Institutional buying is often seen as a bullish sign as average investors believe that the "smart money" is getting behind a stock. But institutions have more goals than simply generating high returns: They have to generate and retain clients. In doing this, many have resorted to a practice known as window dressing to make their portfolios look better. So what is window dressing and why does it matter? Let's take a look.
Although the people investing in large funds expect that fund managers will earn them the best return on their investments, the same people also tend to like seeing all-star stocks listed as part of the fund.
This has led fund managers to buy popular stocks in a management style known as "window dressing." When a stock shoots higher like Tesla, investors like to see it in their fund, even if it does not become the most profitable investment. Since fund managers tend to make more money if they manage more money, it's in their financial interest to impress clients by showing off a popular stock.
For fund managers to window dress a fund with a stock, it has to be a stock popular with investors. But other characteristics are needed as well. Let's see which of these three tech companies have them.
|Company||Price to FY2013 EPS||Institutional Ownership||Institutional Activity (Past 3 Months )||YTD Stock Perfromance|
|Amazon.com (NASDAQ:AMZN)||370 times||68.7%||
Net buyers: -14
Net shares purchases: 2.1 million
|Netflix (NASDAQ:NFLX)||206 times||94.7%||
Net buyers: 22
Net shares purchased: 6.2 million
|Tesla Motors (NASDAQ:TSLA)||299 times||60.5%||
Net buyers: 43
Net shares purchased: -9.1 million
First of all, we can see that institutions are willing to pay a high valuation (based on earnings) for these growth companies. This is not necessarily a bad thing. Often, the best companies with the brightest futures cost more than their less advantaged rivals.
But what we do notice is a major inflow of funds into the two highest-performing stocks listed above. Window dressing is more than just picking the popular stocks; it also involves picking high-performing stocks fund investors know about. As Tesla and Netflix have been rising, institutions have been pouring money into them to show their clients that their fund contains high performers. Despite the 9 million net shares of Tesla sold, the huge run-up in the stock forced a lot of funds to rebalance their portfolios to avoid becoming too heavily weighted in Tesla. Net buyers for Tesla were still strong showing institutions are still generally purchasing the stock.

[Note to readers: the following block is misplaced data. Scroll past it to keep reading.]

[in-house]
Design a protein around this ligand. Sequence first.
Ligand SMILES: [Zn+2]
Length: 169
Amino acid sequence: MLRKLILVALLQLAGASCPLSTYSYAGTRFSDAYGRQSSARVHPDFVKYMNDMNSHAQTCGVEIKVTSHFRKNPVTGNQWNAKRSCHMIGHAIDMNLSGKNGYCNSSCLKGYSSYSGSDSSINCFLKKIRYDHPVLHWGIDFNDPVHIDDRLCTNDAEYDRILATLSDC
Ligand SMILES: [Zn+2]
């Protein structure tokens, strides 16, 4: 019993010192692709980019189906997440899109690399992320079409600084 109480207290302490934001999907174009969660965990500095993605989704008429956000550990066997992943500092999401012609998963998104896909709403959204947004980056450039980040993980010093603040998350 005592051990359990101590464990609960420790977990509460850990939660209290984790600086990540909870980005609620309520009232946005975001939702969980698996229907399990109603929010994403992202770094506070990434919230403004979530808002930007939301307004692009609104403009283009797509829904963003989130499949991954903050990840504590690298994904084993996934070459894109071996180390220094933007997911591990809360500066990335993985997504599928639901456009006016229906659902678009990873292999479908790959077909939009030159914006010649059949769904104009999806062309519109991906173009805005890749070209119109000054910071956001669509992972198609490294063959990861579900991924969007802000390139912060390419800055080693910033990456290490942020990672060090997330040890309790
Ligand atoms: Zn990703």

Institutions are more neutral on Amazon.com, where shares have "only" climbed 25% this year. Amazon shows how growth potential is not enough to attract window-dressing institutional buyers. With Tesla and Netflix, funds can show off past stock performance and attract clients with today's supposed hot stock. Amazon lacks this multibagger past performance to show off, making Tesla and Netflix better picks for funds looking for window dressing.
How bullish is this buying?
Institutional buying is generally seen as a bullish sign by retail investors. The perception is that institutions have the smartest investment gurus and when they start buying, you should, too. But many funds are trying to serve multiple interests. On one hand, they want to provide the best returns. But on the other hand, many try to keep clients interested with holdings in top hot stocks.
Average investors should realize that institutional buying is not just a green light to buy in an effort to follow the supposed "smart money." While there are many arguments for and against buying shares of Amazon, Netflix, or Tesla, institutional buying has to be taken with a grain of salt. While competing funds try to show off hot stocks while generating strong returns, average investors who fully research their holdings have no need to balance their portfolios to incorporate hot stocks that can be showed off.
If you are interested in shares of Amazon, Netflix, Tesla, or any other hot stock, you should do your own research instead of jumping after institutional buying. Institutions have many objectives to meet, but your portfolio only needs to make your expected rate of return.
All institutional data from Reuters.com.
Alexander MacLennan owns shares of Tesla Motors. This article is not an endorsement to buy or sell any security and does not constitute professional investment advice. Always do your own due diligence before buying or selling any security. The Motley Fool recommends and owns shares of Amazon.com, Netflix, and Tesla Motors. Try any of our Foolish newsletter services free for 30 days. We Fools may not all hold the same opinions, but we all believe that considering a diverse range of insights makes us better investors. The Motley Fool has a disclosure policy.
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